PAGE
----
The formation of the NPTI and GVTA was based upon the recommendations of a study conducted by the Battelle Memorial Institute that was commissioned in 1999 by the Greater Scranton Chamber of Commerce, Greater Hazleton CAN-DO, and the Greater Wilkes-Barre Chamber of Business and Industry. They visualized a “Great Valley Technology Corridor,” running along Interstate 81 and eventually branching out to Stroudsburg and the eastern part of the state. The concept was based upon a proven system for 21st century economic development where innovative new companies paired with area colleges and universities to create high-tech products and services.
Of course, building a community with strong entrepreneurial attributes based upon state-of-the-art technology does not happen overnight. It takes many interested parties, spanning several areas of expertise and working closely together to create a new technology-based focus. The NPTI and GVTA — which have subsequently merged — helped facilitate the WIRED project. They were conduits for the distribution of competitively-awarded funding for internships that were supported by the WIRED grant and the Keystone Innovation Zone (KIZ) in NEPA. KIZ allowed small, start-up businesses the opportunity to sell tax credits to larger companies and by so doing, raise the capital they needed to grow their new business. The NPTI and GVTA also developed an Angel Network, where local investors can review and, after discernment, invest in local firms that offer exciting opportunities for growth and development.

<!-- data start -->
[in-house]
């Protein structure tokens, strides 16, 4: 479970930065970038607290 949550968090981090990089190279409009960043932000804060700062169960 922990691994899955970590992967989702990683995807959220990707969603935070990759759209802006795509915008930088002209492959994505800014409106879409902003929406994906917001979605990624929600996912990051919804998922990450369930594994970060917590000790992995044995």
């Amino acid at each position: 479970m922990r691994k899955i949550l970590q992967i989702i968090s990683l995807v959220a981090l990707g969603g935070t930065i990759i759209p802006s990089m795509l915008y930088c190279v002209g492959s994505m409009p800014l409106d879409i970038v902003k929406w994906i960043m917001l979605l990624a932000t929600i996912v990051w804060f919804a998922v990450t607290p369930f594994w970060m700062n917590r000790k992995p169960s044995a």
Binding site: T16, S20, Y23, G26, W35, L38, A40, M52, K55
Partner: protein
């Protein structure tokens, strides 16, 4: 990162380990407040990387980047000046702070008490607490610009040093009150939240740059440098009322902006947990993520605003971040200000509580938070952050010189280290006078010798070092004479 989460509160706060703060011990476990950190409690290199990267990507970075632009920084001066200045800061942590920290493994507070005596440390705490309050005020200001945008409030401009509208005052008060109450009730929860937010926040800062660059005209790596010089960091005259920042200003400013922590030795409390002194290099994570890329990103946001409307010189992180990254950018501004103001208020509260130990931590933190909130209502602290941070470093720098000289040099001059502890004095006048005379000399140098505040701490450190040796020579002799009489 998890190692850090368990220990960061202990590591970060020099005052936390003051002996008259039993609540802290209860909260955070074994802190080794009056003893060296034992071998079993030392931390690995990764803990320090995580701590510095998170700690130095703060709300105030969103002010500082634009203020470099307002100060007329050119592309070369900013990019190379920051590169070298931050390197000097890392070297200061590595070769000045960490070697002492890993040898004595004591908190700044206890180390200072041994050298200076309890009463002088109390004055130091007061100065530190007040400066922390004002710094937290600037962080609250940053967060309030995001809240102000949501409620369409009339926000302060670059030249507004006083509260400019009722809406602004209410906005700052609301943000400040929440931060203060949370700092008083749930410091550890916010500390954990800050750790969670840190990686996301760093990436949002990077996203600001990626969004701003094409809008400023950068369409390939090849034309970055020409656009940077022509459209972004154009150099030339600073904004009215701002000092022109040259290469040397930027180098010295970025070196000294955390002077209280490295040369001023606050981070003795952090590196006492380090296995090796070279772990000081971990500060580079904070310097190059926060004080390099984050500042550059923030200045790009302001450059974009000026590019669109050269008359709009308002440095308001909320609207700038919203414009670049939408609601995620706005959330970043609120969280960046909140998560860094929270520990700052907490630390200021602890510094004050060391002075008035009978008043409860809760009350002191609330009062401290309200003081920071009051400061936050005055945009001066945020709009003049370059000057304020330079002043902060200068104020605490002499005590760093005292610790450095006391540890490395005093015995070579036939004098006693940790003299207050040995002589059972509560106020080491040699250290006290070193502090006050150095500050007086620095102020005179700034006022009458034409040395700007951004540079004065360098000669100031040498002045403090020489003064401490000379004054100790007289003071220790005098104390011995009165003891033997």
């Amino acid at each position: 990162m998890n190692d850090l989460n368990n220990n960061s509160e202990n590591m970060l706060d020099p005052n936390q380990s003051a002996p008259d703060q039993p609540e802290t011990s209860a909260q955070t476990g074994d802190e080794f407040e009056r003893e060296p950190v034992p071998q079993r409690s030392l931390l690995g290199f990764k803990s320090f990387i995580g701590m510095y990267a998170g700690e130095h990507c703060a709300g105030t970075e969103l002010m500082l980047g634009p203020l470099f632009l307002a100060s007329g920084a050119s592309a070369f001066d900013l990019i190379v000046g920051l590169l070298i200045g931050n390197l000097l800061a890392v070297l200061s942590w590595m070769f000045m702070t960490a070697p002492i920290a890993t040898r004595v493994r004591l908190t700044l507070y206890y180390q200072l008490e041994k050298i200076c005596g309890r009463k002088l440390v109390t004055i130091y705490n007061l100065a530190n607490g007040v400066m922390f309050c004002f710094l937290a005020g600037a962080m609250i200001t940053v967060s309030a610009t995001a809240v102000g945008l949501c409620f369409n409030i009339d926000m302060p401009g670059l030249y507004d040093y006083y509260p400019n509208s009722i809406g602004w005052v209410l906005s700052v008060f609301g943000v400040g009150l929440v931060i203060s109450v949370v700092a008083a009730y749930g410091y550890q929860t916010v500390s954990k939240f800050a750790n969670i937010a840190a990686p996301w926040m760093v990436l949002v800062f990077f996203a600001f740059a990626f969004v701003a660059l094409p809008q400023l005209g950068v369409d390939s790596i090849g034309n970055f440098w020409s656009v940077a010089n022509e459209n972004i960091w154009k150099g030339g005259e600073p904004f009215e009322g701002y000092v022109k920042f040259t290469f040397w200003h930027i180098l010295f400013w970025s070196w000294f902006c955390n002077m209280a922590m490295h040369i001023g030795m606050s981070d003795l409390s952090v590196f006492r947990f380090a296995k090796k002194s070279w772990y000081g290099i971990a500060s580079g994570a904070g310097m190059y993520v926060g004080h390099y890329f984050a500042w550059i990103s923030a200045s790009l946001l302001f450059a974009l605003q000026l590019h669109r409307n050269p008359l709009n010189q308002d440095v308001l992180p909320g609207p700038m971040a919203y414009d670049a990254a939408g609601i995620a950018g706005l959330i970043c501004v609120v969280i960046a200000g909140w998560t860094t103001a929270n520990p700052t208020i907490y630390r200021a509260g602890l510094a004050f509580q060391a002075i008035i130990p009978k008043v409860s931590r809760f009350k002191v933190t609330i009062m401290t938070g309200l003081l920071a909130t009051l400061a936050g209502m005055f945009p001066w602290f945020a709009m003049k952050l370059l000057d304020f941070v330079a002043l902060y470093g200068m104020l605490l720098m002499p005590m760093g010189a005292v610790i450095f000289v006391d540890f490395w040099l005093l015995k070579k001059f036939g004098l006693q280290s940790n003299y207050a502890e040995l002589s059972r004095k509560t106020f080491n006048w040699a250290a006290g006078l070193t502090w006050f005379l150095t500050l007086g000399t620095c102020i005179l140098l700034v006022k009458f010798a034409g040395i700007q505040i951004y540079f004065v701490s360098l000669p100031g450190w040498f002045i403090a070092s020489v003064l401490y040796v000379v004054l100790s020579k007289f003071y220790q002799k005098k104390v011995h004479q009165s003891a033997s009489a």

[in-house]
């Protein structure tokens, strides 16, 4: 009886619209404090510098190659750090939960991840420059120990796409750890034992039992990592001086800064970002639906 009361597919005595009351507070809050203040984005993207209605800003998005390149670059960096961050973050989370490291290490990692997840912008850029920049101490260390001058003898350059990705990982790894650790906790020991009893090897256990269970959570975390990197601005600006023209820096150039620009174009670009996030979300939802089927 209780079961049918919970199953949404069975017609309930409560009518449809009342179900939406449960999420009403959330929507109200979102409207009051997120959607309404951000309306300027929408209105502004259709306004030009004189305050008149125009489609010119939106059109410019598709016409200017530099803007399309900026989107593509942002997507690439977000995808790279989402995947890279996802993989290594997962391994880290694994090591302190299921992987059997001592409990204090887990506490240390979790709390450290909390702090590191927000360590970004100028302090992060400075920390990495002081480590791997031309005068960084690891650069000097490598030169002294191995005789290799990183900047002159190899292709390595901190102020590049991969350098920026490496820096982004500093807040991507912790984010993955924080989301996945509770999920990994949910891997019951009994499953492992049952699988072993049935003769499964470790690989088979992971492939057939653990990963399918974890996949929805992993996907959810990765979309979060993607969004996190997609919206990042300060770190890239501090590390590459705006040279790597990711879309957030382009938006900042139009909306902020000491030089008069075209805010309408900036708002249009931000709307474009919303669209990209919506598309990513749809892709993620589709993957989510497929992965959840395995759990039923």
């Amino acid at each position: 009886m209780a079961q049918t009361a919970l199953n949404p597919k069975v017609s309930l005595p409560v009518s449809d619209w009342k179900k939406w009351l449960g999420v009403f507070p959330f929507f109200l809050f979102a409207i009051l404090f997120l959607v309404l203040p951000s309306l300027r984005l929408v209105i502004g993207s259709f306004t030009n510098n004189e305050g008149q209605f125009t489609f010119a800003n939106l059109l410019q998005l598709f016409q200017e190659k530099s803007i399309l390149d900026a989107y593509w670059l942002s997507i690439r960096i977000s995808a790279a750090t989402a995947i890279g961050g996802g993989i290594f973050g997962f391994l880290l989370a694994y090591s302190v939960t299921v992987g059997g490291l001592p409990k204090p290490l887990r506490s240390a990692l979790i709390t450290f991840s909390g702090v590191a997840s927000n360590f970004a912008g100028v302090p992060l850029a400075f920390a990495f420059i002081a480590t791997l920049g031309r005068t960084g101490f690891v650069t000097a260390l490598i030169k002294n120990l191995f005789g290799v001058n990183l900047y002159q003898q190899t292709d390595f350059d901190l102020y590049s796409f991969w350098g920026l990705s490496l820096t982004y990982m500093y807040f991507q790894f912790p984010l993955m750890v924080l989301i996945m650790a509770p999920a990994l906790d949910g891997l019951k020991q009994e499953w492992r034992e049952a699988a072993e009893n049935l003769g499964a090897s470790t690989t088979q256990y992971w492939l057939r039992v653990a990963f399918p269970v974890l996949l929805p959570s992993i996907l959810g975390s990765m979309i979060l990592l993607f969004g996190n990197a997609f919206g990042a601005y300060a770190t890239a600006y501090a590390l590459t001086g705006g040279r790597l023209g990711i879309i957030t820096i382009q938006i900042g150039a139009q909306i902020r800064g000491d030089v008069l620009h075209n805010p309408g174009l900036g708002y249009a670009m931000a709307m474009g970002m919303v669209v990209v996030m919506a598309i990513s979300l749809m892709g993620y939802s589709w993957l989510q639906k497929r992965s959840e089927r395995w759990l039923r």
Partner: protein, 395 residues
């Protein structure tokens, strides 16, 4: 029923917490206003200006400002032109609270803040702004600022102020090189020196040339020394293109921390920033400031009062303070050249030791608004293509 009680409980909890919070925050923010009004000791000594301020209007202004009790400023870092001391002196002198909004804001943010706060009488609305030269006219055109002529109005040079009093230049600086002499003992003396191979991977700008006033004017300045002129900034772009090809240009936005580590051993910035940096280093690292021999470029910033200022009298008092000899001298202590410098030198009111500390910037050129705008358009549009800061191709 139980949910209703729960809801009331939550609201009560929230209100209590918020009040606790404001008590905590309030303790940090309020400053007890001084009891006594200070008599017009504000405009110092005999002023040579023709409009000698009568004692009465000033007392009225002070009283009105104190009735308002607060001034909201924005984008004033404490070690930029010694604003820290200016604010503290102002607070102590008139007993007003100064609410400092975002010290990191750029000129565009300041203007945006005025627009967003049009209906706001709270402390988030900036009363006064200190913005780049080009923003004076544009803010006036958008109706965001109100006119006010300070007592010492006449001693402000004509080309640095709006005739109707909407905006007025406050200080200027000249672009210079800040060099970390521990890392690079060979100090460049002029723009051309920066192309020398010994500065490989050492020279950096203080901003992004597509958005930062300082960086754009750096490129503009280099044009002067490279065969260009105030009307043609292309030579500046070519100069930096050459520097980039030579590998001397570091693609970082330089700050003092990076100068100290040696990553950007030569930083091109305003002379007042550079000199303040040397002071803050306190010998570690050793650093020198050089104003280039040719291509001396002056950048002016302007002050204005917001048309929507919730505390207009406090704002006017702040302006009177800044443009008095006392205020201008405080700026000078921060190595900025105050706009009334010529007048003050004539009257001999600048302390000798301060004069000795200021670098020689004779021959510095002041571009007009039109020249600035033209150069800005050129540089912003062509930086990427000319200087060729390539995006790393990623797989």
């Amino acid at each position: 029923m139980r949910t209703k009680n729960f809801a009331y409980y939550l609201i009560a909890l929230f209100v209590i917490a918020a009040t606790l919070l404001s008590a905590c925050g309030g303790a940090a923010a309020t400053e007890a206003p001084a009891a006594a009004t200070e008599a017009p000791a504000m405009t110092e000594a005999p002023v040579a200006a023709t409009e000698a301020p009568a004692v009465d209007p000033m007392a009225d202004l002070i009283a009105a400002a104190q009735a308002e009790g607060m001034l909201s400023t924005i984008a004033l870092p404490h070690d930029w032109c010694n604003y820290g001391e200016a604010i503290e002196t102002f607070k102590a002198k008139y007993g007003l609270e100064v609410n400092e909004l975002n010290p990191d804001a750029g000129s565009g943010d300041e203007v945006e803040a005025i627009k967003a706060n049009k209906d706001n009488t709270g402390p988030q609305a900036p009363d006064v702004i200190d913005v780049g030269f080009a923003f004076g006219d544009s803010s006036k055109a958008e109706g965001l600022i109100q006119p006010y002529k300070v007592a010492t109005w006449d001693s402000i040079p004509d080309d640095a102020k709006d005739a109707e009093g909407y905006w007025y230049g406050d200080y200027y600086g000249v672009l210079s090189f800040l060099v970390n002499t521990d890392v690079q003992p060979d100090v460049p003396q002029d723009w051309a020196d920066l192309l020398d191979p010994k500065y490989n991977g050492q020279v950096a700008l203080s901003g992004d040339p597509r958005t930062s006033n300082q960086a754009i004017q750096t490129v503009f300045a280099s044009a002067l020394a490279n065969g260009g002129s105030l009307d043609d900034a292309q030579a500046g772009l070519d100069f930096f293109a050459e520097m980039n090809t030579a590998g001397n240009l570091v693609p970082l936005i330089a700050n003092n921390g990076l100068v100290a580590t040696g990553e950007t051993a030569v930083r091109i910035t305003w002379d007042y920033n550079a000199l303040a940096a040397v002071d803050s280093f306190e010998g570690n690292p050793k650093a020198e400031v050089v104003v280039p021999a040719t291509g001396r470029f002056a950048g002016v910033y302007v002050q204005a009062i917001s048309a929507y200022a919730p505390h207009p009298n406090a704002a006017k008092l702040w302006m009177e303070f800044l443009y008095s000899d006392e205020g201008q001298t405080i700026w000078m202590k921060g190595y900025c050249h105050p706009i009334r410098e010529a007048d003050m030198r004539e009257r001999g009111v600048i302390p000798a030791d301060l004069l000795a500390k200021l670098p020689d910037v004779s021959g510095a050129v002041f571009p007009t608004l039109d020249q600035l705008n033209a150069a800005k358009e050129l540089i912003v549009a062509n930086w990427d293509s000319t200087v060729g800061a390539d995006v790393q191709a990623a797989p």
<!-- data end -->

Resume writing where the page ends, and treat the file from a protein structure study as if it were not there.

The Department of Labor estimates that 90 percent of start-up businesses are under-capitalized both in terms of financial resources and personnel. The WIRED grant and KIZ are a perfect match to offset this inevitable phenomenon.
With WIRED support, and with the help of the KIZ program, hundreds of young college students fanned out to serve new firms such as Pepperjam, Baby Age, Solid Cactus, and TMG Health, to name a few. These firms have gone on to hire many local college graduates. Some of these companies have been sold to larger firms, and the wealth created by those sales has multiplied locally. For instance, Kris Jones, the founder of Pepperjam, is now using the capital created by the sale of that company for a new innovative, knowledge-driven marketing firm called ReferLocal.com.